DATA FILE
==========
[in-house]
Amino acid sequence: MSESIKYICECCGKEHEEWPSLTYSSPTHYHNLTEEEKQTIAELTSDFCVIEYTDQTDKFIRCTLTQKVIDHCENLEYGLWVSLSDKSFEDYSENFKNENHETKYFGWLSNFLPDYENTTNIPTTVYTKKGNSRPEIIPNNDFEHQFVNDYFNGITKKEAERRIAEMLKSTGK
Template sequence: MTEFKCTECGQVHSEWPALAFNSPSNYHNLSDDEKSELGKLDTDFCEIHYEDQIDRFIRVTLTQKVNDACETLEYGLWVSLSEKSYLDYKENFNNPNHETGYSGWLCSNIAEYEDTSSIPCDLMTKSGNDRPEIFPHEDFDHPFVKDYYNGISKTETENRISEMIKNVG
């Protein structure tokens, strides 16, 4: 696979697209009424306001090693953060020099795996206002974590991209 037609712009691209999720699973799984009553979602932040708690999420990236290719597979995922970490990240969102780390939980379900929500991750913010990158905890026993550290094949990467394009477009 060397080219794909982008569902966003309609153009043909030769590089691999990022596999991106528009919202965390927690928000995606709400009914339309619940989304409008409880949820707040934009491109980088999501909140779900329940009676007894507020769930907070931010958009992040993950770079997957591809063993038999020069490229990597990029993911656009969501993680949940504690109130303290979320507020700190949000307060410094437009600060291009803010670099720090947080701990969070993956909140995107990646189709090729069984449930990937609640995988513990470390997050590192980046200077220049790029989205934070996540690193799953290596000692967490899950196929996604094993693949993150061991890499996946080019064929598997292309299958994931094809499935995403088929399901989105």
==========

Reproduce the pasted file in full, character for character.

[in-house]
Amino acid sequence: MSESIKYICECCGKEHEEWPSLTYSSPTHYHNLTEEEKQTIAELTSDFCVIEYTDQTDKFIRCTLTQKVIDHCENLEYGLWVSLSDKSFEDYSENFKNENHETKYFGWLSNFLPDYENTTNIPTTVYTKKGNSRPEIIPNNDFEHQFVNDYFNGITKKEAERRIAEMLKSTGK
Template sequence: MTEFKCTECGQVHSEWPALAFNSPSNYHNLSDDEKSELGKLDTDFCEIHYEDQIDRFIRVTLTQKVNDACETLEYGLWVSLSEKSYLDYKENFNNPNHETGYSGWLCSNIAEYEDTSSIPCDLMTKSGNDRPEIFPHEDFDHPFVKDYYNGISKTETENRISEMIKNVG
């Protein structure tokens, strides 16, 4: 696979697209009424306001090693953060020099795996206002974590991209 037609712009691209999720699973799984009553979602932040708690999420990236290719597979995922970490990240969102780390939980379900929500991750913010990158905890026993550290094949990467394009477009 060397080219794909982008569902966003309609153009043909030769590089691999990022596999991106528009919202965390927690928000995606709400009914339309619940989304409008409880949820707040934009491109980088999501909140779900329940009676007894507020769930907070931010958009992040993950770079997957591809063993038999020069490229990597990029993911656009969501993680949940504690109130303290979320507020700190949000307060410094437009600060291009803010670099720090947080701990969070993956909140995107990646189709090729069984449930990937609640995988513990470390997050590192980046200077220049790029989205934070996540690193799953290596000692967490899950196929996604094993693949993150061991890499996946080019064929598997292309299958994931094809499935995403088929399901989105």